I found a nifty post on the vexing and topical question of reforming Islam. Lots of non Muslims are talking about the fanciful notion of an Islamic Reformation--is it even possible or is it so much moonshine? Perhaps the question should be rephrased--if there was an Islamic Reformation, what would it look like and what form would it take?
I think this question is best answered by Callimachus over at Done with Mirrors. Here is (in part) his answer:
Read the rest here.
You Say You Want a Reformation
People in the West talk about the need for an "Islamic Reformation." By which they mean, perhaps, something that will have the same effect as what happened in Europe in the 16th and 17th centuries, when a monolothic theopolitical power cracked and what emerged, over time, was a Christianity that overall was less oppressive, less domineering, less dogmatic than what had come before.
Something like that -- the picture is oversimplified (and never mind that barrels of blood were spilled in the process). Or maybe they really just want someone to stand up and be Mecca's version of Martin Luther and say, "enough of this foolishness."
It's a hopeful vision. It's optimistic, and I've learned to be optimistic about the world -- like Churchill, because "it does not seem to be much use being anything else." So I like this idea, too. But I'm not so optimistic that I think it will happen.
For one: We want there to be an Islamic Reformation. There's no particular evidence that Muslims, in sufficient number and in the right places (i.e., not living in America or Canada) want there to be an Islamic Reformation. Reformations don't happen because rival civilizations want them. If the Ottoman sultan in 1519 had said to the Pope, "Just this and this and this needs to be changed in Christianity so we can get along better," you can bet Rome would have responded with a papal "Bull!" In fact, if the Sultan had been advocating for exactly the same things Martin Luther spoke up for, you can bet Luther never would have got past the Wittenberg church door.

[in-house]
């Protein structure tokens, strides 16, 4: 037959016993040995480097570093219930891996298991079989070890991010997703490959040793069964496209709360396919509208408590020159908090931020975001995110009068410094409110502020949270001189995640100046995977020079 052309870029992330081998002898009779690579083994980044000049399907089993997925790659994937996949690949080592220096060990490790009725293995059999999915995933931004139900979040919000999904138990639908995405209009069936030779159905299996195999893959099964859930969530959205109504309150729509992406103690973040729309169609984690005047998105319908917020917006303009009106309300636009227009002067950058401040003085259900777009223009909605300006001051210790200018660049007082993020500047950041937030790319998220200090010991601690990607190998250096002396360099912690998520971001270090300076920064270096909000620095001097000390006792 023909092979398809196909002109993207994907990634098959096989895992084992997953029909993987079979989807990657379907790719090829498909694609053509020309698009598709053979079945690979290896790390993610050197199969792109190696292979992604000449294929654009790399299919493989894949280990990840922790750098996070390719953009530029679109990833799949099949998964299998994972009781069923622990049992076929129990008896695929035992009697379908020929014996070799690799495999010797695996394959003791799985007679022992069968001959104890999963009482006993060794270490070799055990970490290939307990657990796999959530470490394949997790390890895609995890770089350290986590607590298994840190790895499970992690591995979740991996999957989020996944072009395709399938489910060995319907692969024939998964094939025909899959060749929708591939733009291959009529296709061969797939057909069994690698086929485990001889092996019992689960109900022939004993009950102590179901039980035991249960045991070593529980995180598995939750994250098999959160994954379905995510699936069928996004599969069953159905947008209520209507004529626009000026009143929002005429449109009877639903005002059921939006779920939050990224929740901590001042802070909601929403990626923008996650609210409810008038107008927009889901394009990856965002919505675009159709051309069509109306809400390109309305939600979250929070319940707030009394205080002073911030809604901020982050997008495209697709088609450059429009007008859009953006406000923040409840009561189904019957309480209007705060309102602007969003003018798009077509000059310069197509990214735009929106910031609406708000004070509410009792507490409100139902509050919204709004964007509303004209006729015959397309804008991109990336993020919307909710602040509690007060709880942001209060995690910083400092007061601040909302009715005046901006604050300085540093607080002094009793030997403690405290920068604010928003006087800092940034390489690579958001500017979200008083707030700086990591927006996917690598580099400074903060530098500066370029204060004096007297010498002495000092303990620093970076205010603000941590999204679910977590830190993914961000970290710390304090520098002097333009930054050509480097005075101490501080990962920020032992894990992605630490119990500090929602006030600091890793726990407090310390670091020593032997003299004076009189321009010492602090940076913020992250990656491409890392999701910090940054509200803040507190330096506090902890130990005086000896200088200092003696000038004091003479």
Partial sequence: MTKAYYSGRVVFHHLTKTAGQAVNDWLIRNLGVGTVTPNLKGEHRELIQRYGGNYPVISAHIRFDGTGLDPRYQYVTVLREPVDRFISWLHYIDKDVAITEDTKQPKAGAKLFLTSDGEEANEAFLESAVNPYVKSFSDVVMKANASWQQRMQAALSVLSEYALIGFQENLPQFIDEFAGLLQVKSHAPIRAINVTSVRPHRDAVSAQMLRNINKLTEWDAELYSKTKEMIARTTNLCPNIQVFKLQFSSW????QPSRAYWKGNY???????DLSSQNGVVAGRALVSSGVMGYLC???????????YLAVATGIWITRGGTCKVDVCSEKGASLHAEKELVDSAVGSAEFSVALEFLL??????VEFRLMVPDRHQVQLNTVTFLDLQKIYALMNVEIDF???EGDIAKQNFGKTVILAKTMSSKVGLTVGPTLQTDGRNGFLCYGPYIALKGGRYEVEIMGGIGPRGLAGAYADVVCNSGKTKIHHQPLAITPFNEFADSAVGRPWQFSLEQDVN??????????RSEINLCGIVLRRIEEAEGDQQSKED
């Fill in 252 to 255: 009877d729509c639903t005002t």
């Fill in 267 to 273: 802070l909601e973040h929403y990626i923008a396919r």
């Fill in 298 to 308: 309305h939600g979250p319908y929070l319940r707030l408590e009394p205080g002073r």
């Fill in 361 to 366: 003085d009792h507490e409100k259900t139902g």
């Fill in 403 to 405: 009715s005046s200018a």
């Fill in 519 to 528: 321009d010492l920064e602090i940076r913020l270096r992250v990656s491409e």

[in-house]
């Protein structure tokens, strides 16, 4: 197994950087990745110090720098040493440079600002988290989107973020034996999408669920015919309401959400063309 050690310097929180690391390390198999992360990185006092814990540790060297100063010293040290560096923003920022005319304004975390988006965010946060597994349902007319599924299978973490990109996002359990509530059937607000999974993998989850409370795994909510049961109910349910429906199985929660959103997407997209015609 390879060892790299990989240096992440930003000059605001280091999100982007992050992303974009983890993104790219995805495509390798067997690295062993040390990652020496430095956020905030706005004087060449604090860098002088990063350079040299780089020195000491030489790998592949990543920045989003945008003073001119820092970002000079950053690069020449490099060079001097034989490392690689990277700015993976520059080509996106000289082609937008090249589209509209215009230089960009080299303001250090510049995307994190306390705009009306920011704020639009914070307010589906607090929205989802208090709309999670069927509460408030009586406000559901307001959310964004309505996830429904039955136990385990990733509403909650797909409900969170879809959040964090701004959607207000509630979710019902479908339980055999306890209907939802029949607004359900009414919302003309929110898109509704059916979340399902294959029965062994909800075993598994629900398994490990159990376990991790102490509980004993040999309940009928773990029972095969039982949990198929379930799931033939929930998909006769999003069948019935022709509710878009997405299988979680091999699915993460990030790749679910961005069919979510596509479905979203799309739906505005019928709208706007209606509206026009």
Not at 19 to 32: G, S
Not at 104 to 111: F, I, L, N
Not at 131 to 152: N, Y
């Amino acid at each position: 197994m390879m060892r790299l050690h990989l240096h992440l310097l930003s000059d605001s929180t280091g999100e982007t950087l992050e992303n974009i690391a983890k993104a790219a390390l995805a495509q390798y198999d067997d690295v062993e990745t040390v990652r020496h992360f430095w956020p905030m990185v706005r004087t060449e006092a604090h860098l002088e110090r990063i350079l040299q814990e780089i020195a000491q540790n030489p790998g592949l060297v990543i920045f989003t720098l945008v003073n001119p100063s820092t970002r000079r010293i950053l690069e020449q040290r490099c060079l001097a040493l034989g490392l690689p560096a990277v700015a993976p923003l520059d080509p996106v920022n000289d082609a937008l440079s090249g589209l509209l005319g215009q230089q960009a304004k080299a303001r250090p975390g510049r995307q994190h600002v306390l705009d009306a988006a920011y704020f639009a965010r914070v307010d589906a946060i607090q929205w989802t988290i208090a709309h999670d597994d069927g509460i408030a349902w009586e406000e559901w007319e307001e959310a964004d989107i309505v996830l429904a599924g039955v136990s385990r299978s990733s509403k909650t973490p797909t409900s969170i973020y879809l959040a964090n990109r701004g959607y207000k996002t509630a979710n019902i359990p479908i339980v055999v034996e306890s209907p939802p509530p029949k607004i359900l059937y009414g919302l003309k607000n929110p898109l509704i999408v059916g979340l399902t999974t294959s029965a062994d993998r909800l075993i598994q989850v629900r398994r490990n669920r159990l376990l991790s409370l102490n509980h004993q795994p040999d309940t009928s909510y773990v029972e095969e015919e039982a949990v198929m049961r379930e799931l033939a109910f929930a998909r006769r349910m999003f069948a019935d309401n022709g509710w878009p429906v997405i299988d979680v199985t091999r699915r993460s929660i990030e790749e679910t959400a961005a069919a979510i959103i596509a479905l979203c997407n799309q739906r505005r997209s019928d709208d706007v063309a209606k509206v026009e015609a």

For another: There already was an Islamic Reformation. It happened while we were sleeping. The result is Wahhabi dominance, and Islamic Brotherhood, and Bin Laden. This is the Islamic Reformation. We're fighting it now.
When religions "reform" -- note the "re-" prefix -- they swim back toward their sources. And in every case, they carry the baggage of the present with them. Every attempt to reform Christianity during the 16th and 17th centuries sought the wellsprings. It turned away from the Catholic Church not because it was wrong to mix political power with religious authority, but because that's not how it was in the Gospels.
So they set out in search of the Christianity of Paul. But they always dragged their own time and place with them -- how could they not? If the command was, "be separated from the world," the shape of your separation would be determined by the shape of the world you lived in. Thus the same motivation, and the same Gospel, in different times and places led one group of people to be Quakers and another to be Pentecostals.
Or Amish. Look at an adult Amishman: he has a beard, but no mustache. Why is that? Because in 18th century Germany it was fashionable for young men to wear mustaches but no beards. So to get back to the Gospel and be not of this world, the Amish enshrined the exact opposite style. And they still wear it.
When Christianity reforms -- when it goes back to its roots -- it tries to foreswear the world. When Islam goes back to its roots, it tries to conquer the world.
And it takes modern conflicts and technologies with it.